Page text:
|Commenced in January 2007||Frequency: Monthly||Edition: International||Paper Count: 1|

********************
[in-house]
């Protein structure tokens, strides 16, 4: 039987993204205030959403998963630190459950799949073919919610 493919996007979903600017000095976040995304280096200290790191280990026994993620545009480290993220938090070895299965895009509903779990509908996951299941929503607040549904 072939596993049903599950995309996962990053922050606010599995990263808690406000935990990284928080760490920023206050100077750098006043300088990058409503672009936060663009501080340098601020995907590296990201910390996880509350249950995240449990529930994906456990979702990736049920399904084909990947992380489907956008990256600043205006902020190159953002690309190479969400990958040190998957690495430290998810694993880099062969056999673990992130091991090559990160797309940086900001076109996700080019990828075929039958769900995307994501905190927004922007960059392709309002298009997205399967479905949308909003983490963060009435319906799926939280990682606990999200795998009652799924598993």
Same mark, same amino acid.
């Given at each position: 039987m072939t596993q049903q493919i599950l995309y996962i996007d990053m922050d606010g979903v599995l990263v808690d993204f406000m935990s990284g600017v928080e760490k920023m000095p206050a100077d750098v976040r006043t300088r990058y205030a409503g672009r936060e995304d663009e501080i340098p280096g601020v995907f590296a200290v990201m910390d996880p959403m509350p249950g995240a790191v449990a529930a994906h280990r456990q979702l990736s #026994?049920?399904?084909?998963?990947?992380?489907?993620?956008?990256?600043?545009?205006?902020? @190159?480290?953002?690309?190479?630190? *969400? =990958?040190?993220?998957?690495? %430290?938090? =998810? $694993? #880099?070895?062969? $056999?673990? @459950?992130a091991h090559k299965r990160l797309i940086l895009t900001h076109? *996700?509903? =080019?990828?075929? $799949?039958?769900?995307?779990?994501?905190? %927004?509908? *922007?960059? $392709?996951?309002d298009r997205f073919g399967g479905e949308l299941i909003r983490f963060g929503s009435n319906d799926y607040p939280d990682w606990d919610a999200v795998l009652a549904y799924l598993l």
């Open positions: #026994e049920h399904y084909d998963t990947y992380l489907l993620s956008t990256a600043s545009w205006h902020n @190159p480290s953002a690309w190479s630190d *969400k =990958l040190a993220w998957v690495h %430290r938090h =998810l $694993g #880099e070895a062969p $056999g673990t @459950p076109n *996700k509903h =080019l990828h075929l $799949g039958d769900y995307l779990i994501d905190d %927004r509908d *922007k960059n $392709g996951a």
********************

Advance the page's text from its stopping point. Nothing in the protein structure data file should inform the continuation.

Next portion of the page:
A hybrid energy system is a combination of renewable energy sources with back up, as well as a storage system used to respond to given load energy requirements. Given that the electrical output of each renewable source is fluctuating with changes in weather conditions, and since the load demand also varies with time; one of the main attributes of hybrid systems is to be able to respond to the load demand at any time by optimally controlling each energy source, storage and back-up system. The induced optimization problem is to compute the optimal operation control of the system with the aim of minimizing operation costs while efficiently and reliably responding to the load energy requirement. Current optimization research and development on hybrid systems are mainly focusing on the sizing aspect. Thus, the aim of this paper is to report on the state-of-the-art of optimal operation control of hybrid renewable energy systems. This paper also discusses different challenges encountered, as well as future developments that can help in improving the optimal operation control of hybrid renewable energy systems.